Front Matter Our Country Long Ago The Barbarous Indians The Mounds Where the Northmen Went The Northmen in America Queer Ideas Prince Henry the Navigator Youth of Columbus Columbus and the Queen "Land! Land!" Columbus and the Savages Home Again Columbus Ill-treated Death of Columbus How America Got its Name The Fountain of Youth "The Father of Waters" The French in Canada French and Spanish Quarrels The Sky City Around the World Nothing but Smoke Smith's Adventures The Jamestown Men Smith Wounded Pocahontas Visits England Hudson and the Indians The Mayflower Plymouth Rock The First Thanksgiving Snake Skin and Bullets The Beginning of Boston Stories of Two Ministers Williams and the Indians The Quakers The King-Killers King Phillip's War The Beginning of New York Penn and the Indians The Catholics in Maryland The Old Dominion Bacon's Rebellion A Journey Inland The Carolina Pirates Charter Oak Salem Witches Down the Mississippi La Salle's Adventures Indians on the Warpath Two Wars with the French Washington's Boyhood Washington's Journey Washington's First Battle Stories of Franklin Braddock's Defeat Wolfe at Quebec England and her Colonies The Stamp Tax The Anger of the Colonies The Boston Tea Party The Minutemen The Battle of Lexington Bunker Hill The Boston Boys The British leave Boston Declaration of Independence A Lady's Way of Helping Christmas Eve The Fight at Bennington Burgoyne's Surrender Winter at Valley Forge The Quaker Woman Putnam's Adventures Indian Cruelty Boone in Kentucky Famous Sea Fights The "Swamp Fox" The Poor Soldiers The Spy A Traitor's Death Two Unselfish Women Surrender of Cornwallis British Flag hauled down Washington's Farewell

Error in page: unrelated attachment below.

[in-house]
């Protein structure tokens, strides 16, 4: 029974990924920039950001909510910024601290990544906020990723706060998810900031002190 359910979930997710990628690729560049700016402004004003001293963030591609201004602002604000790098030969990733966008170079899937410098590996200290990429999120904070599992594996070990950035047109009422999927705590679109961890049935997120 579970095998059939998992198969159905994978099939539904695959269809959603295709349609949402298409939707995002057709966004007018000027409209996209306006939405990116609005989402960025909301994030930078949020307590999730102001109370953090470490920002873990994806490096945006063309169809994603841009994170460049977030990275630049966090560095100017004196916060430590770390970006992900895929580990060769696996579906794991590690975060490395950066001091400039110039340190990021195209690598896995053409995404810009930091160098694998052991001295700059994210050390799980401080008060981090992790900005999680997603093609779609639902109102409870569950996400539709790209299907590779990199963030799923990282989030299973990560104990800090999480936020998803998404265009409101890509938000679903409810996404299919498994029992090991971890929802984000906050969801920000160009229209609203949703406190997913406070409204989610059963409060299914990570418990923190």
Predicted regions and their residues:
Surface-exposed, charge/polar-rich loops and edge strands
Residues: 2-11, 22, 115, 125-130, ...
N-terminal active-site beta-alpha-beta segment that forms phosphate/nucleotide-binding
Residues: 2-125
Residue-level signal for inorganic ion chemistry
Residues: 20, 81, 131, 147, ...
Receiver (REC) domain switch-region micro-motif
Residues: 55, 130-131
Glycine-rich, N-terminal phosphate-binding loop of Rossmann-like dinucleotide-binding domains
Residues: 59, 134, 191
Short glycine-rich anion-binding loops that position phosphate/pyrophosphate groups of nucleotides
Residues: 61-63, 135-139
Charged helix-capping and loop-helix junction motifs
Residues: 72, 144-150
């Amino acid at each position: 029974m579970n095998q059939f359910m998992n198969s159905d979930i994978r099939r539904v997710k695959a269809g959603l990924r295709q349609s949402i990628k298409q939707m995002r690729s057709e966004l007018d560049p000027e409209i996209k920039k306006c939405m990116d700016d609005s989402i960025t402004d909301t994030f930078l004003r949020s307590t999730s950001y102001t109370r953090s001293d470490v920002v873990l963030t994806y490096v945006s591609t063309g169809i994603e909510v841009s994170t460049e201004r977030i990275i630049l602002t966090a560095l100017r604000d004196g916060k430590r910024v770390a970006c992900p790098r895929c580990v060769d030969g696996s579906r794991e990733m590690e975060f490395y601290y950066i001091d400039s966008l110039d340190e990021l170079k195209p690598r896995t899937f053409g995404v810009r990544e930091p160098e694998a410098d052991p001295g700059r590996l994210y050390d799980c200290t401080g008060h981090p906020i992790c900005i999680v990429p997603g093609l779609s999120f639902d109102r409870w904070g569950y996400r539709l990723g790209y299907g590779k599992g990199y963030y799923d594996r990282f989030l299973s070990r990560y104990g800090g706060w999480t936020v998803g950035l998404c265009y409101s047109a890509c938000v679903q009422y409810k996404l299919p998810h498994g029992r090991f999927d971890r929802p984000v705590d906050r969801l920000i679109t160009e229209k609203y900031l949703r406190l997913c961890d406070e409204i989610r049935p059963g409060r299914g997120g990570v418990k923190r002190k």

Story of the Thirteen Colonies - Helene Guerber

How England Treated her Colonies

The people in England had seemed to think all along that the colonies in America ought to do all they could to enrich England. Their idea was that the mother country had a right to the earnings of the colonies, so they treated the colonists like little children, not old enough to think or work for themselves.

Among other things, the English made laws about trade and navigation which were very good for England, but very bad for the colonies. For instance, they said that the Americans should not sell their tobacco, rice, sugar, furs, etc., to any country except England. Any colonist having any of these things for sale had to put them on English ships, and pay freight to carry them to England. Then he had to pay duty before his produce could be sold. Some other articles could be sold to other countries, provided they were sent over in English ships. But no vessels from foreign countries were allowed to come into any of the American ports, either to buy or to sell; and if a colonist wanted something from France, he had to get it by way of England, although it cost him much more.

As if all this were not bad enough, the English were so anxious to sell the goods they manufactured, that they said the Americans must buy of them, instead of making such articles for sale. Thus, a farmer could hammer out rough tools for his own use from the iron dug up on his land, but he could not make even a hoe for his neighbors in any other colony.